Sunday, October 4, 2009

U.S. Surrenders Internet Control: ICANN Goes International

In general, this policy giveaway seems initially benign--until you consider that many foreign governments run by oppressive, totalitarian dictators lack a fundamental appreciation, shall we say, for freedom of speech. And when you consider how the dysfunctional, corrupt United Nations operates, do we really want a "virtual U.N." playing any role in Internet connectivity?
After complaints about American dominance of the internet and growing disquiet in some parts of the world, Washington has said it will relinquish some control over the way the network is run and allow foreign governments more of a say in the future of the system.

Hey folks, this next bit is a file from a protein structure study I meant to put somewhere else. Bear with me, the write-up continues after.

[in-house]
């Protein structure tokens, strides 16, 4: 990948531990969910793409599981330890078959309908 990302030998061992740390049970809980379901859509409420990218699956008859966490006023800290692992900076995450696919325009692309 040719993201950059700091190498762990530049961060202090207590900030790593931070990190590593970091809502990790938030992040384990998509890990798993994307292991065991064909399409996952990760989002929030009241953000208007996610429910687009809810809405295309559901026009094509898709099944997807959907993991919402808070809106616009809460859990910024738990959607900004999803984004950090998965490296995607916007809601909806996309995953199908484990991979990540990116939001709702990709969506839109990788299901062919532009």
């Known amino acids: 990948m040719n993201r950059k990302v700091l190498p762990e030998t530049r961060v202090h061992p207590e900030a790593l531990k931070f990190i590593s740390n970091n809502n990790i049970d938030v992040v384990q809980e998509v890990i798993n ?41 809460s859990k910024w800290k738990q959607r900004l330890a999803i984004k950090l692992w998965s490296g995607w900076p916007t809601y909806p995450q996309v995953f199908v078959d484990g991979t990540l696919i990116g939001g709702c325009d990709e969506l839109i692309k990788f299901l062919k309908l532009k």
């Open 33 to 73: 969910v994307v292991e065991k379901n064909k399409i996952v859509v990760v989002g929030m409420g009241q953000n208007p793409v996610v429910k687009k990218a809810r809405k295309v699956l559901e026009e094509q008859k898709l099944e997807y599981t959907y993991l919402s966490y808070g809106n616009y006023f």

Icann – the official body that ultimately controls the development of the internet thanks to its oversight of web addresses such as .com, .net and .org – said today that it was ending its agreement with the US government.
The deal, part of a contract negotiated with the US department of commerce, effectively pushes California-based Icann towards a new status as an international body with greater representation from companies and governments around the globe.
The Obama administration's foreign policy has run the gamut from inept to devious (and let's remember it has also has put forth its own potentially unconstitutional initiatives to try to control the Internet), so once again we are left with the the fundamental question: how does this policy change make American safer and more secure?